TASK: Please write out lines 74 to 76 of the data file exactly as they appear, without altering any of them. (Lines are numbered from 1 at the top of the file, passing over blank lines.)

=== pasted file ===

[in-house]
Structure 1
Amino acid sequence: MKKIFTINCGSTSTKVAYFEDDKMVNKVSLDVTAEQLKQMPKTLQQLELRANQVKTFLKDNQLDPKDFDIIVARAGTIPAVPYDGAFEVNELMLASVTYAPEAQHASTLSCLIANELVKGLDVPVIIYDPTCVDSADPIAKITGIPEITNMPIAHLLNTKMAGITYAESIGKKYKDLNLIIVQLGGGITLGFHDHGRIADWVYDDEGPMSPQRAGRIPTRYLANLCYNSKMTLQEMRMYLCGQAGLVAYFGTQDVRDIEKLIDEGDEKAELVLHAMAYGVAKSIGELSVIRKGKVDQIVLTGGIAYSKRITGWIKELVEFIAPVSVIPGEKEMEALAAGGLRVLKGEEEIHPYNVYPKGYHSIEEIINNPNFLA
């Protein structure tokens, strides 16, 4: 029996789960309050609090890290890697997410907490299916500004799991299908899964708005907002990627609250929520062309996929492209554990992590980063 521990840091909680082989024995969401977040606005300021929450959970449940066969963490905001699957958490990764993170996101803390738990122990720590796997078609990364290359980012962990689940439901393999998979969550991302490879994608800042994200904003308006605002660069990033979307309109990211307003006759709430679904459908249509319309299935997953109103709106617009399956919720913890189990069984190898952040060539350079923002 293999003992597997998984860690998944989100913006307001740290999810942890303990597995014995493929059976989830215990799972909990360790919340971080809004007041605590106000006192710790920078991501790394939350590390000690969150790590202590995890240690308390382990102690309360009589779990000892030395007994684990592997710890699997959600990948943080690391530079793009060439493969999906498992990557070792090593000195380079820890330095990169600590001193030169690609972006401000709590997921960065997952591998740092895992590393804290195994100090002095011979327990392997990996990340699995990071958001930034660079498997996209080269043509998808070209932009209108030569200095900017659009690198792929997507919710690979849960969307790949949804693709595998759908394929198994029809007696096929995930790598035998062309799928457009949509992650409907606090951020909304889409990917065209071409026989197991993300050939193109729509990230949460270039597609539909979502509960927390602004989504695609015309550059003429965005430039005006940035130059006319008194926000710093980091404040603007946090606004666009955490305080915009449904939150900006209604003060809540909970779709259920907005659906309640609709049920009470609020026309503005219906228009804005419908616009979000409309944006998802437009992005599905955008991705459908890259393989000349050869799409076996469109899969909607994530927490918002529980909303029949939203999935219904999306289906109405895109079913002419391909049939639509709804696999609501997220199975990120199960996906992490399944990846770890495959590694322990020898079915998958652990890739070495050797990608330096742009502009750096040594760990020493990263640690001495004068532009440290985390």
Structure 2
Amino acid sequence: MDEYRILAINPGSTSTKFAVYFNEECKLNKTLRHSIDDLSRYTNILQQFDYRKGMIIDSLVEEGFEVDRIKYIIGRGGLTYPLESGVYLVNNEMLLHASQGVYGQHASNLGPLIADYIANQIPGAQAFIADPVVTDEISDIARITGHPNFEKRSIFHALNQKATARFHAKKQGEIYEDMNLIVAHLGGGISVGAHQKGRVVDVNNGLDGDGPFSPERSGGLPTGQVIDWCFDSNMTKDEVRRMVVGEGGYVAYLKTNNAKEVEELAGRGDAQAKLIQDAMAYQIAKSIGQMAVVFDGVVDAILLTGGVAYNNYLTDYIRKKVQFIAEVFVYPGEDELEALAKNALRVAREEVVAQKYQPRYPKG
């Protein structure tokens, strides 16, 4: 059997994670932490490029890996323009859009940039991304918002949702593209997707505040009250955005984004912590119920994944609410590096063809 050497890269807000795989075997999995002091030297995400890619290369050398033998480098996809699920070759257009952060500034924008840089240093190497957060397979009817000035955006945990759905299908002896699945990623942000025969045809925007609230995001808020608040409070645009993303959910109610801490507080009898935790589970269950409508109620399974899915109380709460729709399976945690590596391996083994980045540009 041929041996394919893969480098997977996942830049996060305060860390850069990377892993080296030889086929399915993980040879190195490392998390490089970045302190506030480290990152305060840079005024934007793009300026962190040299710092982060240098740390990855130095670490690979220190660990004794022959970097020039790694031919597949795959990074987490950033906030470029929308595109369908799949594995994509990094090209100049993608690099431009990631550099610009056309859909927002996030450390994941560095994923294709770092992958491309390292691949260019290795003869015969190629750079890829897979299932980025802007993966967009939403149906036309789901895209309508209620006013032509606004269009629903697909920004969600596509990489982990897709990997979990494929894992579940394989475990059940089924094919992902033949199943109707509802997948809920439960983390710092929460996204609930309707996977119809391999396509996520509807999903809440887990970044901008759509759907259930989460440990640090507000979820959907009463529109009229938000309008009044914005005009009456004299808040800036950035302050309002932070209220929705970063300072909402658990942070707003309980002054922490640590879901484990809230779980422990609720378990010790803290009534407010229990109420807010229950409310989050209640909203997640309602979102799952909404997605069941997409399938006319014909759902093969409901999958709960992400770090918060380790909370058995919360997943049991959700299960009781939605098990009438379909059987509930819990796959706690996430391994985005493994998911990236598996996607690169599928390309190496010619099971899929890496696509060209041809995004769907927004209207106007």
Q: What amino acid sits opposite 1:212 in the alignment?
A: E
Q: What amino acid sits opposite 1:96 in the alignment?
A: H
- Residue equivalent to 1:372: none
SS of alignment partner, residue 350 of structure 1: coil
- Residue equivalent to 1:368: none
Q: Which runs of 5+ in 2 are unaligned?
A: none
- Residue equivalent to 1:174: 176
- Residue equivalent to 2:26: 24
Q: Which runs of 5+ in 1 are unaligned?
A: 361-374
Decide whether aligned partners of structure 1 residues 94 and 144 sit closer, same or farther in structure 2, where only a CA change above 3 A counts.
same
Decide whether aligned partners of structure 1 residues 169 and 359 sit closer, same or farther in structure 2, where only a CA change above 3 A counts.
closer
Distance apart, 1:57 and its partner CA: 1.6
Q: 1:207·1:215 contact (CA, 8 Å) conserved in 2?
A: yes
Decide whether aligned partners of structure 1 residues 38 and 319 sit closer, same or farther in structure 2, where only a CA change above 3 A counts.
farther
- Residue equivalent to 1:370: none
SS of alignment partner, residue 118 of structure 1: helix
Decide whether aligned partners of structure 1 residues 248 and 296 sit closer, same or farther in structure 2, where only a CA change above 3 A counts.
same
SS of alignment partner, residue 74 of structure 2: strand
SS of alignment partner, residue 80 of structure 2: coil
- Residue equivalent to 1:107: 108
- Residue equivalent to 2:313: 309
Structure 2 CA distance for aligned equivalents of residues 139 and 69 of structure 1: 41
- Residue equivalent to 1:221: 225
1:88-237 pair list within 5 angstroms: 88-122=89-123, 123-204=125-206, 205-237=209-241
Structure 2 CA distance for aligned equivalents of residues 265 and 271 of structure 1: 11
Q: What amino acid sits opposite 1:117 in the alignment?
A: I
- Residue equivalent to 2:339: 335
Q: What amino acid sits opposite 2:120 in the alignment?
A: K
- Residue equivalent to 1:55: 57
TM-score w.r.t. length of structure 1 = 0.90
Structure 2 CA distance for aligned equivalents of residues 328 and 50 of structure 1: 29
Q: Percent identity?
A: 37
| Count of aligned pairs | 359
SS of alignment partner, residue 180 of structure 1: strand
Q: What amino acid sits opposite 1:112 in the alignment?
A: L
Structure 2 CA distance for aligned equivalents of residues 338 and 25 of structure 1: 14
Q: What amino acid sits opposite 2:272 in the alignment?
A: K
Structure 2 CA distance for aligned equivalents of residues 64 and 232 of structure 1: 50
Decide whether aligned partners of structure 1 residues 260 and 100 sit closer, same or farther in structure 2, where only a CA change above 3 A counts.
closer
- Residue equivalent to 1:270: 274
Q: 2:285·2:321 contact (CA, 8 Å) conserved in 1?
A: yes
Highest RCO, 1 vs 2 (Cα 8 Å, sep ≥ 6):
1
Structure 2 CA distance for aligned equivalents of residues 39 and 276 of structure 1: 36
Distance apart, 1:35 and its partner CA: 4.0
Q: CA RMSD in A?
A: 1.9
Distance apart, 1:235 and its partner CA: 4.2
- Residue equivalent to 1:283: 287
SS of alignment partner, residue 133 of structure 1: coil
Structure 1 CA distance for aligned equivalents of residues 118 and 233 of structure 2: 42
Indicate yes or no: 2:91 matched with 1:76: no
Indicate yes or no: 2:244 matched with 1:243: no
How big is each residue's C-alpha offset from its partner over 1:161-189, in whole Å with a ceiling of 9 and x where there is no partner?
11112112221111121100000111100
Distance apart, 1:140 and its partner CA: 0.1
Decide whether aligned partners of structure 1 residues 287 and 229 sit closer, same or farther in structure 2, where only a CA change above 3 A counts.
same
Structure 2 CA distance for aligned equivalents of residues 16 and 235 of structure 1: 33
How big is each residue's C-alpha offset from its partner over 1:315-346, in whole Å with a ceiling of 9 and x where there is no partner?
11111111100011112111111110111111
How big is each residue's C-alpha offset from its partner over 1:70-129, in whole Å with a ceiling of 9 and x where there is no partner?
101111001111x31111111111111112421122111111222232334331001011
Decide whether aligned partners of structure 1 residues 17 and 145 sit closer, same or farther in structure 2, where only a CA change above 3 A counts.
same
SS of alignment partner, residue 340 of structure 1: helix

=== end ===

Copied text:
Structure 1 CA distance for aligned equivalents of residues 118 and 233 of structure 2: 42
Indicate yes or no: 2:91 matched with 1:76: no
Indicate yes or no: 2:244 matched with 1:243: no